Hydromorphone Detox Guide: Withdrawal Symptoms and Timeline
Hydromorphone, also known by the brand names Dilaudid and Exalgo, is a prescription opioid medicine used to treat chronic (long-lasting), severe pain.1 It is a legal medical drug but also a Schedule II controlled substance, which means it has a high potential for abuse and addiction. Hydromorphone, like other prescription opioids, may be misused for its ability to reduce pain and cause feelings of pleasure or euphoria. Long-term use or misuse of hydromorphone and other opioids can lead to addiction, overdose, or even death.2 This article will explore common hydromorphone withdrawal symptoms and timeline, as well as how to get help.
Hydromorphone Withdrawal Symptoms
Long-term hydromorphone and other opioid use can lead to tolerance and dependence.4 Tolerance is when the body and brain no longer respond to the drug the way they first did, and you need a higher and higher dose to feel the same effects.3 Dependence is when your body and brain are so used to the drug that you will have withdrawal symptoms if you suddenly reduce your dose or stop taking it.3,4 Both tolerance and dependence can happen even if you take opioids exactly as your doctor tells you to and may also lead to hydromorphone addiction.3 Opioid addiction (or opioid use disorder, or OUD) is a disease in which you can’t control or stop your opioid use, no matter the negative consequences of using.
Hydromorphone withdrawal symptoms are similar to those of other opioids and may include:4,5
- Runny nose.
- Stomach cramps, diarrhea, nausea (feeling sick to your stomach), or vomiting.
- High blood pressure (hypertension).
- Bone and muscle aches.
- Enlarged (dilated) pupils.
- Trouble sleeping (insomnia).
- Strong opioid cravings (a strong desire to seek out and use opioids)
Withdrawal symptoms can be distressing and uncomfortable, which may lead a person to relapse (return to drug use after a period of not using to avoid or ease symptoms.
What is the Hydromorphone Withdrawal Timeline?
Hydromorphone or other opioid withdrawal impacts people in different ways, so the timeline may be different from one person to the next. When withdrawal symptoms first appear, how bad symptoms are, and how long they last depend on certain factors, such as:9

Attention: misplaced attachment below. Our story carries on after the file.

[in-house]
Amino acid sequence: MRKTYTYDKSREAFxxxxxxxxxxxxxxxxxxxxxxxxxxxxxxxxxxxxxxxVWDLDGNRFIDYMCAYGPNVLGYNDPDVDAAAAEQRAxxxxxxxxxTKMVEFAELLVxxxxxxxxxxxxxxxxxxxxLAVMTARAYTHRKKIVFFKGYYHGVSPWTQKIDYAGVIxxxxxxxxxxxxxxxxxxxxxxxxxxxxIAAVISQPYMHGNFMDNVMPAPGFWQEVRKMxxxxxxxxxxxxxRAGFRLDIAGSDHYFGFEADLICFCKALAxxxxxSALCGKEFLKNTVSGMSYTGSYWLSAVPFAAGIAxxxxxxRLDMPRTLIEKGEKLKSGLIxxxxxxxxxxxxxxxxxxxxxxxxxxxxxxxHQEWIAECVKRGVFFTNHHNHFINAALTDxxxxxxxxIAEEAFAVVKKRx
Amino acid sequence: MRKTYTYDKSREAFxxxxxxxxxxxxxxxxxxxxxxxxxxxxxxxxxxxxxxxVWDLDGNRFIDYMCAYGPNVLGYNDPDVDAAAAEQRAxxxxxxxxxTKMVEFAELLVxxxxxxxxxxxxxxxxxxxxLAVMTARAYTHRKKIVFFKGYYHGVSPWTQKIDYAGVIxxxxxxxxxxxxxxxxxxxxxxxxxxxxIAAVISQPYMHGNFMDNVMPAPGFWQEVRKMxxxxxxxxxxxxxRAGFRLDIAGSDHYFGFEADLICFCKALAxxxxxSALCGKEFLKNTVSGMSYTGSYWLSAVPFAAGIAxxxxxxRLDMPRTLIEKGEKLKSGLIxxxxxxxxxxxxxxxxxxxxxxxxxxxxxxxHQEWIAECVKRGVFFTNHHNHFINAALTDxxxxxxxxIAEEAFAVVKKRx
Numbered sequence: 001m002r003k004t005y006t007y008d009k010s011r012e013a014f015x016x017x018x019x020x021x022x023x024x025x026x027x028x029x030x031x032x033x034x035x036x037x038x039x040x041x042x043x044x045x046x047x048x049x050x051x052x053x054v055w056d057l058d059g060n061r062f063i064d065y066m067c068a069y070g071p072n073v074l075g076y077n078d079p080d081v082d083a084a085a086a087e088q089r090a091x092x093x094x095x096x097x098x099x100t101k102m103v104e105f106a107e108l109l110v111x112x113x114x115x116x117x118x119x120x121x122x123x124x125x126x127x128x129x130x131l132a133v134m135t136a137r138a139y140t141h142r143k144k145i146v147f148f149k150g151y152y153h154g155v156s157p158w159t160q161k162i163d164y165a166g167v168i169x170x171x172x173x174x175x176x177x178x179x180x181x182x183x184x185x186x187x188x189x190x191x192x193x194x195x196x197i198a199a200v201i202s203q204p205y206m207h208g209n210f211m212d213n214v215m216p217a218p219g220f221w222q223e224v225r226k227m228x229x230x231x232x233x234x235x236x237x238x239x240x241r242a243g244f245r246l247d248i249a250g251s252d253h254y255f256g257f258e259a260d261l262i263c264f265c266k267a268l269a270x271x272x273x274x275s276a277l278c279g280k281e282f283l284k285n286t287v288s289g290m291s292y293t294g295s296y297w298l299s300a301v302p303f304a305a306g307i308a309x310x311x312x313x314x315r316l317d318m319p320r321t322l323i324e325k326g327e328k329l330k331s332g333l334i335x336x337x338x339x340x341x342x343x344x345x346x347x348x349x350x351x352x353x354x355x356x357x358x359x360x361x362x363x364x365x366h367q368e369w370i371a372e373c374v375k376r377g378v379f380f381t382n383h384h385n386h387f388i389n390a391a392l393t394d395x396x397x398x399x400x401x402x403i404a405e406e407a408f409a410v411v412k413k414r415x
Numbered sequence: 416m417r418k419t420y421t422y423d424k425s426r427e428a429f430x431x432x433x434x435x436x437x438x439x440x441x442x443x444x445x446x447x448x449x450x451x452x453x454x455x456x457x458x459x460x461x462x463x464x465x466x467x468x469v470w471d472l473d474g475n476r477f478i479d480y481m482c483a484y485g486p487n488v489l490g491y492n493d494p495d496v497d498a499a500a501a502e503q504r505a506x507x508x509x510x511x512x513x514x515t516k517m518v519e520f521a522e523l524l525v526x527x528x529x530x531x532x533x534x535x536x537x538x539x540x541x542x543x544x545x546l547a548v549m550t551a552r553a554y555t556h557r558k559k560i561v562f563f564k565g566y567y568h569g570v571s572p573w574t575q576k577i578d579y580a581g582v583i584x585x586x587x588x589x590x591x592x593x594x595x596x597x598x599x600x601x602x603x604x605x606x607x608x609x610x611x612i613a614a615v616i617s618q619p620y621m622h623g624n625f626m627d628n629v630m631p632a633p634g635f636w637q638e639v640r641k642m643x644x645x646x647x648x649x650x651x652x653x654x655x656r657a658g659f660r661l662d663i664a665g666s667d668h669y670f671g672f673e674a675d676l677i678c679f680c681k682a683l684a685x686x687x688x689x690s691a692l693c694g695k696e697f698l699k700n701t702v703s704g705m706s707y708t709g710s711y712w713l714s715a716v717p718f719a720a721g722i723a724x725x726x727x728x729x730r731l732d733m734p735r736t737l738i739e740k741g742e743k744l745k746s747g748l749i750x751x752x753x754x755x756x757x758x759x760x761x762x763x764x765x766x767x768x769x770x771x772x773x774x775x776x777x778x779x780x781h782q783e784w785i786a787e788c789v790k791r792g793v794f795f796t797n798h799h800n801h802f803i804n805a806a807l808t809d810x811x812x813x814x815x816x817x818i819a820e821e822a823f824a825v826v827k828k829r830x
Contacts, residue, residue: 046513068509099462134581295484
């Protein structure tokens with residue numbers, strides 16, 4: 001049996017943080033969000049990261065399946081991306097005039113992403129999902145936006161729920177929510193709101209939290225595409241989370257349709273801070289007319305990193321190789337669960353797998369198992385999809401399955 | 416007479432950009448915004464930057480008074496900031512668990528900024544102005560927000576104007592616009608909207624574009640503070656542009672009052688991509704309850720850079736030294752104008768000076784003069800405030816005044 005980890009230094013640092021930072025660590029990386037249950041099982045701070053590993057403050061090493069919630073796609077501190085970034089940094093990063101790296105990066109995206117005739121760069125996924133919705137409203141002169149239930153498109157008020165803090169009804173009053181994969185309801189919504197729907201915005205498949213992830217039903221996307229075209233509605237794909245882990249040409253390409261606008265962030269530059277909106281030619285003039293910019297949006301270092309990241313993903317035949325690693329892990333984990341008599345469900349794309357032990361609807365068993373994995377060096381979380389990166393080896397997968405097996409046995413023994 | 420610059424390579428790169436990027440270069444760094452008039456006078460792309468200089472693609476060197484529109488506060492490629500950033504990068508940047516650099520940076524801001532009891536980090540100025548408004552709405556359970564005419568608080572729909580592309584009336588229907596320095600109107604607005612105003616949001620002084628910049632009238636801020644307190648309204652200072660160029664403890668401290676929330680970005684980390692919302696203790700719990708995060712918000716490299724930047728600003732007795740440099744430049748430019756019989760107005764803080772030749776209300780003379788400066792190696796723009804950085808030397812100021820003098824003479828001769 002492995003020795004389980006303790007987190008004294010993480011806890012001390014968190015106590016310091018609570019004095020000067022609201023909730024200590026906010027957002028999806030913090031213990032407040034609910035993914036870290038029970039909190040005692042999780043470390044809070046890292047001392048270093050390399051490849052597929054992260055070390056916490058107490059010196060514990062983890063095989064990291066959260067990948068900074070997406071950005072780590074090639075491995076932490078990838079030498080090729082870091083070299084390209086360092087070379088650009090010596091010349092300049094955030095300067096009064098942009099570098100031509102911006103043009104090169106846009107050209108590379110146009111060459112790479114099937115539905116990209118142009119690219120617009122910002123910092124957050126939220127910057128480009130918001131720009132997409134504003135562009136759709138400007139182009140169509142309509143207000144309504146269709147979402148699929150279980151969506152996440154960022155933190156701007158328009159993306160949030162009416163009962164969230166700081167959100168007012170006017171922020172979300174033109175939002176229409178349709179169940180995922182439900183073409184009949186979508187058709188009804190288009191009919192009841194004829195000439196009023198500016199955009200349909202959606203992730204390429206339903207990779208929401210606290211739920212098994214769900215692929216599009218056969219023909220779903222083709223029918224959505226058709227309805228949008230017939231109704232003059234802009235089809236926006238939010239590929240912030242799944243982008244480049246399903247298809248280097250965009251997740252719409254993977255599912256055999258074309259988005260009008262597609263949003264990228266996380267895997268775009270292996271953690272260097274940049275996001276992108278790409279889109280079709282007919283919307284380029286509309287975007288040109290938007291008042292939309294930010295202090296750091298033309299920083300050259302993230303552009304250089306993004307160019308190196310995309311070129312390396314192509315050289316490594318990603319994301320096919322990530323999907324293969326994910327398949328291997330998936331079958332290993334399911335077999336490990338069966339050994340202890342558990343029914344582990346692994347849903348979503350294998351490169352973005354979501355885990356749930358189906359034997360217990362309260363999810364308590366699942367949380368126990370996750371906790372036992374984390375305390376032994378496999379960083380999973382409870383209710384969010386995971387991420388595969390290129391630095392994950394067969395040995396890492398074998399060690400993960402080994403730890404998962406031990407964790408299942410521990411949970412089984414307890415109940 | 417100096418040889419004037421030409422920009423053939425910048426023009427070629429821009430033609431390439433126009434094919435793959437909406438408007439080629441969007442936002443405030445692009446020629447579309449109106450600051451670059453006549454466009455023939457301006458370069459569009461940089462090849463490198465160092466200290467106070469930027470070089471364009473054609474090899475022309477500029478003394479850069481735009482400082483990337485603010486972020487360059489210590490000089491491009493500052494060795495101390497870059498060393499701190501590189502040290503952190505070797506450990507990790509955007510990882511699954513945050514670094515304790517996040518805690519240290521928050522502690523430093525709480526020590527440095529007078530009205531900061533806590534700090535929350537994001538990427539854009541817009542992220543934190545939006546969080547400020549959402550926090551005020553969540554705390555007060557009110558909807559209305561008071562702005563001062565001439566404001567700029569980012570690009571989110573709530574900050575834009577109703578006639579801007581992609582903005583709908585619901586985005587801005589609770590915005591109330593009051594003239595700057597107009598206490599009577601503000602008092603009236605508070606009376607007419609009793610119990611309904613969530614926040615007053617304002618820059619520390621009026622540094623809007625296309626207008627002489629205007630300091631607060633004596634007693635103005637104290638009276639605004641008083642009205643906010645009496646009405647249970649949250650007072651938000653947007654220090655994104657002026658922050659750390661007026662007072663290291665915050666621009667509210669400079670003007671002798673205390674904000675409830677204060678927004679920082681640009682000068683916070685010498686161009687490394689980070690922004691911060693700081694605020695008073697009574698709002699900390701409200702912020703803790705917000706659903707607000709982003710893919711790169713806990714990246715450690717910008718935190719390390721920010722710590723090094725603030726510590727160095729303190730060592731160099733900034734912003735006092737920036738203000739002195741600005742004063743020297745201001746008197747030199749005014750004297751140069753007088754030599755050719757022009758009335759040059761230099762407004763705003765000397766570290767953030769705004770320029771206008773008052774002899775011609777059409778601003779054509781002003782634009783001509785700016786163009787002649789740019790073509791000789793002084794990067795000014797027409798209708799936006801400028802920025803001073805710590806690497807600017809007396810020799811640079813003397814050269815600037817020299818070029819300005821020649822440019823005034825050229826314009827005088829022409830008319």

- How much hydromorphone or other opioids you take.
- How often you take it and how you take it.
- How long you’ve been taking it.
- Your overall physical and mental health.
- If you use other substances, especially alcohol, benzodiazepines, z-drugs (zolpidem, or Ambien), and kratom.
In general, hydromorphone withdrawal symptoms start 8 to 24 hours after your last dose.8 Symptoms may slowly get worse over the next 1 to 3 days before starting to get better.8 Total withdrawal usually lasts about 7 to 10 days.8
How to Deal with Hydromorphone Withdrawal Symptoms
Hydromorphone withdrawal symptoms may be intense and unpleasant, and you may be tempted to start using again to ease these symptoms.10 Relapse is perhaps the most dangerous complication of withdrawal. Your hydromorphone tolerance builds up after long-term use and it decreases greatly during detox. Returning to opioid use with a lowered tolerance increases your risk of a fatal overdose, especially if you take the same dose you took before detox.
But don’t lose hope. Medically supervised withdrawal management (also called professional detox) can offer a safer, more comfortable experience with a reduced risk of relapse.9
Often accompanied by FDA-approved treatment medicines for opioid use disorder, detox can help:6,7
- Ease withdrawal pain and discomfort.
- Reduce opioid cravings.
- Reduce the risks of relapse and overdose.
- Manage mental health symptoms that often go along with withdrawal, such as anxiety.